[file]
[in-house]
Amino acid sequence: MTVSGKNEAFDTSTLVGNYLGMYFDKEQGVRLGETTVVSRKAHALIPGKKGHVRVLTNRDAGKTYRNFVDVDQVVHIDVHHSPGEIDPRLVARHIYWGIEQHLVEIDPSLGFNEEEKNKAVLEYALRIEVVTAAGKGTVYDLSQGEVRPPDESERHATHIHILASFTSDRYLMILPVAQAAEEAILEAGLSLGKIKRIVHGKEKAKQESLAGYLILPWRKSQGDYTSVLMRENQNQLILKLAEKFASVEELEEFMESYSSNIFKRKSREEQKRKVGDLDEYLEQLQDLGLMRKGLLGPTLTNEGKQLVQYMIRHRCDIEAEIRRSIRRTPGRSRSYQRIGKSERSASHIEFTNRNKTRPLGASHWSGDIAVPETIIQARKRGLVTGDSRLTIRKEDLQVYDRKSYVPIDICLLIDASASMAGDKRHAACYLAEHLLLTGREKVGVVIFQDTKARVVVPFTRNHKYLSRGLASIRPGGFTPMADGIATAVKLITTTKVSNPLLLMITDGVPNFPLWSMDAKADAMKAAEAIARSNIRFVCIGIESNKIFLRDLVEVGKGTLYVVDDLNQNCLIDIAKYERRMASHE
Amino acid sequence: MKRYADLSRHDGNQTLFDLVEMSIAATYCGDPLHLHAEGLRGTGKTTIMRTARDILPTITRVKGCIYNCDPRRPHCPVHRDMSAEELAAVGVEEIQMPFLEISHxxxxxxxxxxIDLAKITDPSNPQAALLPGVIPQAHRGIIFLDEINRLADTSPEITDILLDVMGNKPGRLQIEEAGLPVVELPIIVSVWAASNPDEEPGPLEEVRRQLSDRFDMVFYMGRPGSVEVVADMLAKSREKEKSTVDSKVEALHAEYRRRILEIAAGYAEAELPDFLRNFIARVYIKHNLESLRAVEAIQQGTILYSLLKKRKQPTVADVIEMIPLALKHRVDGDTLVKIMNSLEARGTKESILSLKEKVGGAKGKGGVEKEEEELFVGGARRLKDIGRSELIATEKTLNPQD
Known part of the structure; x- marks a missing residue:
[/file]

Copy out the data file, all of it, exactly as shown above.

[in-house]
Amino acid sequence: MTVSGKNEAFDTSTLVGNYLGMYFDKEQGVRLGETTVVSRKAHALIPGKKGHVRVLTNRDAGKTYRNFVDVDQVVHIDVHHSPGEIDPRLVARHIYWGIEQHLVEIDPSLGFNEEEKNKAVLEYALRIEVVTAAGKGTVYDLSQGEVRPPDESERHATHIHILASFTSDRYLMILPVAQAAEEAILEAGLSLGKIKRIVHGKEKAKQESLAGYLILPWRKSQGDYTSVLMRENQNQLILKLAEKFASVEELEEFMESYSSNIFKRKSREEQKRKVGDLDEYLEQLQDLGLMRKGLLGPTLTNEGKQLVQYMIRHRCDIEAEIRRSIRRTPGRSRSYQRIGKSERSASHIEFTNRNKTRPLGASHWSGDIAVPETIIQARKRGLVTGDSRLTIRKEDLQVYDRKSYVPIDICLLIDASASMAGDKRHAACYLAEHLLLTGREKVGVVIFQDTKARVVVPFTRNHKYLSRGLASIRPGGFTPMADGIATAVKLITTTKVSNPLLLMITDGVPNFPLWSMDAKADAMKAAEAIARSNIRFVCIGIESNKIFLRDLVEVGKGTLYVVDDLNQNCLIDIAKYERRMASHE
Amino acid sequence: MKRYADLSRHDGNQTLFDLVEMSIAATYCGDPLHLHAEGLRGTGKTTIMRTARDILPTITRVKGCIYNCDPRRPHCPVHRDMSAEELAAVGVEEIQMPFLEISHxxxxxxxxxxIDLAKITDPSNPQAALLPGVIPQAHRGIIFLDEINRLADTSPEITDILLDVMGNKPGRLQIEEAGLPVVELPIIVSVWAASNPDEEPGPLEEVRRQLSDRFDMVFYMGRPGSVEVVADMLAKSREKEKSTVDSKVEALHAEYRRRILEIAAGYAEAELPDFLRNFIARVYIKHNLESLRAVEAIQQGTILYSLLKKRKQPTVADVIEMIPLALKHRVDGDTLVKIMNSLEARGTKESILSLKEKVGGAKGKGGVEKEEEELFVGGARRLKDIGRSELIATEKTLNPQD
Known part of the structure; x- marks a missing residue: